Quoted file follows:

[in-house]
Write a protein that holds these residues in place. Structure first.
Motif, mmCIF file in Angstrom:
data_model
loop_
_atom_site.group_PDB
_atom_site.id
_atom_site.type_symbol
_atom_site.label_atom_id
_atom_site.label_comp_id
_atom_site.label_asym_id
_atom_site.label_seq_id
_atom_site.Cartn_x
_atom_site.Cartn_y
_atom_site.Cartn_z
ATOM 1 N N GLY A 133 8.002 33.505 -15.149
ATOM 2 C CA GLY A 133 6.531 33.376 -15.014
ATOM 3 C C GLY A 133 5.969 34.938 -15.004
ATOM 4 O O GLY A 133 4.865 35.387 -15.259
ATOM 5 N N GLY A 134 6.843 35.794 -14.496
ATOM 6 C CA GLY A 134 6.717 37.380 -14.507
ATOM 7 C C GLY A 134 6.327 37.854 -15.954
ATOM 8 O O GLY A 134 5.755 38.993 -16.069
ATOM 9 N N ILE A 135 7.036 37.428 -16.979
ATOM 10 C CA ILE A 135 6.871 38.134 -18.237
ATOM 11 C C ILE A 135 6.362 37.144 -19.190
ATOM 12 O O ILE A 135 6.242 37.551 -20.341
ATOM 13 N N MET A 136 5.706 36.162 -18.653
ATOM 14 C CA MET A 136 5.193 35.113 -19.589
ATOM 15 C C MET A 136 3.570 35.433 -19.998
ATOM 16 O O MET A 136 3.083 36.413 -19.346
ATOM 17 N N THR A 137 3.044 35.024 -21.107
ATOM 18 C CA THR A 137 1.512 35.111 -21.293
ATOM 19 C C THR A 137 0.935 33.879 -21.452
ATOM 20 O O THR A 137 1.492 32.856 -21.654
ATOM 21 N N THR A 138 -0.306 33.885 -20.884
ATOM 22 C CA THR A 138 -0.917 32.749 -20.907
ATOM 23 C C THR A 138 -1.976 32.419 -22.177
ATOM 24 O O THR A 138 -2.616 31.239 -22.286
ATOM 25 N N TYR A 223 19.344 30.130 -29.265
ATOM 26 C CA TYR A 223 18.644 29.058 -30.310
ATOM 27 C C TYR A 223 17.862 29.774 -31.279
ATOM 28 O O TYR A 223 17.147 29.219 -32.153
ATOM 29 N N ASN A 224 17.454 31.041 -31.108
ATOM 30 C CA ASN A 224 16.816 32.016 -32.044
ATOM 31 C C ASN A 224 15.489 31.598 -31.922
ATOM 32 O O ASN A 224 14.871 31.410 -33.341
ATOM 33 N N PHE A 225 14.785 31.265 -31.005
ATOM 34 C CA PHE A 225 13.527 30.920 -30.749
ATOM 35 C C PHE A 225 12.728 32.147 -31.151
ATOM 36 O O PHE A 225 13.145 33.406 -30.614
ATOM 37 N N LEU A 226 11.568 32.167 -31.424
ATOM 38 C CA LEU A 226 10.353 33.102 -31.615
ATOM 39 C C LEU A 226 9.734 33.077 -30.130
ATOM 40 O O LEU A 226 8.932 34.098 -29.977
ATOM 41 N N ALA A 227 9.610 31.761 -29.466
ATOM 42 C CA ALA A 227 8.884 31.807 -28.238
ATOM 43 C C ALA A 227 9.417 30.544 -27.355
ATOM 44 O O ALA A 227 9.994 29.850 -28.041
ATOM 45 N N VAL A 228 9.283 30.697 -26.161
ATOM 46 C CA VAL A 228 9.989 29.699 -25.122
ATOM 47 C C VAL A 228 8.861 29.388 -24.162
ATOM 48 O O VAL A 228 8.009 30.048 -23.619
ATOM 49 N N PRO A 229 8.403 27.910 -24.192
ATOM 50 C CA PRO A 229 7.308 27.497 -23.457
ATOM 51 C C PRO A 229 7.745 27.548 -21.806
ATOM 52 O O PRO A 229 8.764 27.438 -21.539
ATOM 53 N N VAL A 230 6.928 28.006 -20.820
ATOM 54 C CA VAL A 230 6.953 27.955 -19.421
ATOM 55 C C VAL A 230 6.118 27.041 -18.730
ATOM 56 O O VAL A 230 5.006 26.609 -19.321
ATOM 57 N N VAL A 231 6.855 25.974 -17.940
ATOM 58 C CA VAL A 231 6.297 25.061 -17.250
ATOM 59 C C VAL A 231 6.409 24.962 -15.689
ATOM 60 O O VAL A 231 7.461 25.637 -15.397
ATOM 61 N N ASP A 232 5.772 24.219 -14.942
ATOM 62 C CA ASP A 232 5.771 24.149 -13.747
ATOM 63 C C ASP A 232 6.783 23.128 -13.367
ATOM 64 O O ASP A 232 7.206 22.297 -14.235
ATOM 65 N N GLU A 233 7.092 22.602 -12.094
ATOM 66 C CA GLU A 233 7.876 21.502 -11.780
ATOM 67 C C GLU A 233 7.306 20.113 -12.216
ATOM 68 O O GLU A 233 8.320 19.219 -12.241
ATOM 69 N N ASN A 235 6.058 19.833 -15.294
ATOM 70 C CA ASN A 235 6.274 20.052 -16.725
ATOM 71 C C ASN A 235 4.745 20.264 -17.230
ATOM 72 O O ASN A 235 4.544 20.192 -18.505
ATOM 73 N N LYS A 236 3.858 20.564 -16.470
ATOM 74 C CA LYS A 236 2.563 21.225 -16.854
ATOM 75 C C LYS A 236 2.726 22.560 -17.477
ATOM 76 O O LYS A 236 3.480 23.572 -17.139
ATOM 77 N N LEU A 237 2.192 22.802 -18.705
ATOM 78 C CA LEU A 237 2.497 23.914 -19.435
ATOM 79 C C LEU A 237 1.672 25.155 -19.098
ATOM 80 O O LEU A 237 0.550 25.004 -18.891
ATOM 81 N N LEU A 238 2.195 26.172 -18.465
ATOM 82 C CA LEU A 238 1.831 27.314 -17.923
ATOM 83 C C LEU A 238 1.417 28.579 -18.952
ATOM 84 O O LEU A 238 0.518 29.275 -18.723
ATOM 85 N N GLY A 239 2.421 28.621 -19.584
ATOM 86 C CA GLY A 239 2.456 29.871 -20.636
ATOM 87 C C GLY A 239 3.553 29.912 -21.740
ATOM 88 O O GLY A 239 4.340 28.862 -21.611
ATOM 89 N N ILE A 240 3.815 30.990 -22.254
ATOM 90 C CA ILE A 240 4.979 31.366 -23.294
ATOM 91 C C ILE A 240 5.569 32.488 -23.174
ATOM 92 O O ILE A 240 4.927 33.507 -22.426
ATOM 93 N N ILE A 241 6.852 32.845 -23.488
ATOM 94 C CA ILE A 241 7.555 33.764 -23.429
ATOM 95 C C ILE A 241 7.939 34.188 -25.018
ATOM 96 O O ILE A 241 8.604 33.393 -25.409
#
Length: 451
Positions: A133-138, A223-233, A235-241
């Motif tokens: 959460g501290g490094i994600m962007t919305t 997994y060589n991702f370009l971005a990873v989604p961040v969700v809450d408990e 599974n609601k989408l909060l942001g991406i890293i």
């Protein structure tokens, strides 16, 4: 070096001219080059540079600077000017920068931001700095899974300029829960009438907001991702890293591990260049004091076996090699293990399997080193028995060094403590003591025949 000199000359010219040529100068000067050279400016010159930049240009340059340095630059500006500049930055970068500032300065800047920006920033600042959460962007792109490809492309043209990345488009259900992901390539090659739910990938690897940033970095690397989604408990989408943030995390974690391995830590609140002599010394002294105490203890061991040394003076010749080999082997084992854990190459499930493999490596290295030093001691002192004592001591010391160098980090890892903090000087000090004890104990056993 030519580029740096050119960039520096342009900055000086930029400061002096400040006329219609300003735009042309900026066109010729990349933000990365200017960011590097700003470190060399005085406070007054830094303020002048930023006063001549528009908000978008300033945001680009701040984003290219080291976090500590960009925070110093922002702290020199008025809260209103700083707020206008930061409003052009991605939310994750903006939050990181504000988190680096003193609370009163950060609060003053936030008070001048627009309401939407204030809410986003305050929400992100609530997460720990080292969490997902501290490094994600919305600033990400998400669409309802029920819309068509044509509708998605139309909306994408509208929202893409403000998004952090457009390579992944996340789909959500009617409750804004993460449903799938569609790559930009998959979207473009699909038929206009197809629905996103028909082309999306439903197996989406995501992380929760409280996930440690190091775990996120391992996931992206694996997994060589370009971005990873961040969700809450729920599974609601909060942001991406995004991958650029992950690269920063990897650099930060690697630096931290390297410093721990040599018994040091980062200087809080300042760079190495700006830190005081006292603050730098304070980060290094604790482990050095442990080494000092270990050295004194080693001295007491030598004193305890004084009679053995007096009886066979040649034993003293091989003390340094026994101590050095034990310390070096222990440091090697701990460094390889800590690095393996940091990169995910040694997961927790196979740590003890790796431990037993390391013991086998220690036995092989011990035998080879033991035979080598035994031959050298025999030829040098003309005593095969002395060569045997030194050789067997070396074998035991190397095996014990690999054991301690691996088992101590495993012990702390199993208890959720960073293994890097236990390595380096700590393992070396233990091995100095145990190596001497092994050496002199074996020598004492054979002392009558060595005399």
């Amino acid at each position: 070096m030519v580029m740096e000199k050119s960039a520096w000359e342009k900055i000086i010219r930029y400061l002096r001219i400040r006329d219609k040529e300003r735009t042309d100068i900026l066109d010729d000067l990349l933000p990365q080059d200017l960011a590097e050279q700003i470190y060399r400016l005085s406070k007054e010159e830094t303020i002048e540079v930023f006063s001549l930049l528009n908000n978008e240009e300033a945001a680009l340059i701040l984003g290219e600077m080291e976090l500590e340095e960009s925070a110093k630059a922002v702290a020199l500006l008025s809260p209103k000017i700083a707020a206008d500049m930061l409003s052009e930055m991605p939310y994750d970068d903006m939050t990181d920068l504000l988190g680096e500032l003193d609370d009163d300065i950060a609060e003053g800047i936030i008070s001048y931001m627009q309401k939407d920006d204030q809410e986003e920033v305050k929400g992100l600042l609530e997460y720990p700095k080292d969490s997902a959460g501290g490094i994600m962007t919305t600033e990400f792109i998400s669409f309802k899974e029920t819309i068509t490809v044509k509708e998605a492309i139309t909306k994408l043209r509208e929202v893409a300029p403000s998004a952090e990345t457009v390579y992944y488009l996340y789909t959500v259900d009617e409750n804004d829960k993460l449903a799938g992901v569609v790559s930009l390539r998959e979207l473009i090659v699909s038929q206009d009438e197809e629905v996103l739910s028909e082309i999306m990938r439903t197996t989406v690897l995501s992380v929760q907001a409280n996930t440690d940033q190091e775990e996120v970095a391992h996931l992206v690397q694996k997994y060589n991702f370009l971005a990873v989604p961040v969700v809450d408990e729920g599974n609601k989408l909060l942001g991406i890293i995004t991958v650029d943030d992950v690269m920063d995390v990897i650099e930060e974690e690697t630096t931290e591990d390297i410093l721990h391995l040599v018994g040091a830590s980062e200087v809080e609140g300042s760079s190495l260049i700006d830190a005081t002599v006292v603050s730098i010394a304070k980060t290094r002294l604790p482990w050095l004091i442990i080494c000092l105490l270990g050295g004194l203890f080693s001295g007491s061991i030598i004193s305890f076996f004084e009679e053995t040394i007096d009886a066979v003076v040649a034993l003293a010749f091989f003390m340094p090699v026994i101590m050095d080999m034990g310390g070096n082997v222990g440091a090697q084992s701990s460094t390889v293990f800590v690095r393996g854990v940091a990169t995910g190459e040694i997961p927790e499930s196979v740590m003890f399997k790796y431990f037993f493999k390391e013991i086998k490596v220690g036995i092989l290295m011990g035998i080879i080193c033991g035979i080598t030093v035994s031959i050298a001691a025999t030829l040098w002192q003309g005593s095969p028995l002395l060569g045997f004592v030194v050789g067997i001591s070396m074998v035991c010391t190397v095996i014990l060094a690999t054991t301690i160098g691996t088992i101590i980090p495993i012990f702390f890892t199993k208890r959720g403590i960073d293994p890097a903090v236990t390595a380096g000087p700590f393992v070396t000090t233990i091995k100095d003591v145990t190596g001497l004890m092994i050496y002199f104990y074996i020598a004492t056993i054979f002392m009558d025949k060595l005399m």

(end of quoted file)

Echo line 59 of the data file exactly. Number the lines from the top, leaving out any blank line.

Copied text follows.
ATOM 44 O O ALA A 227 9.994 29.850 -28.041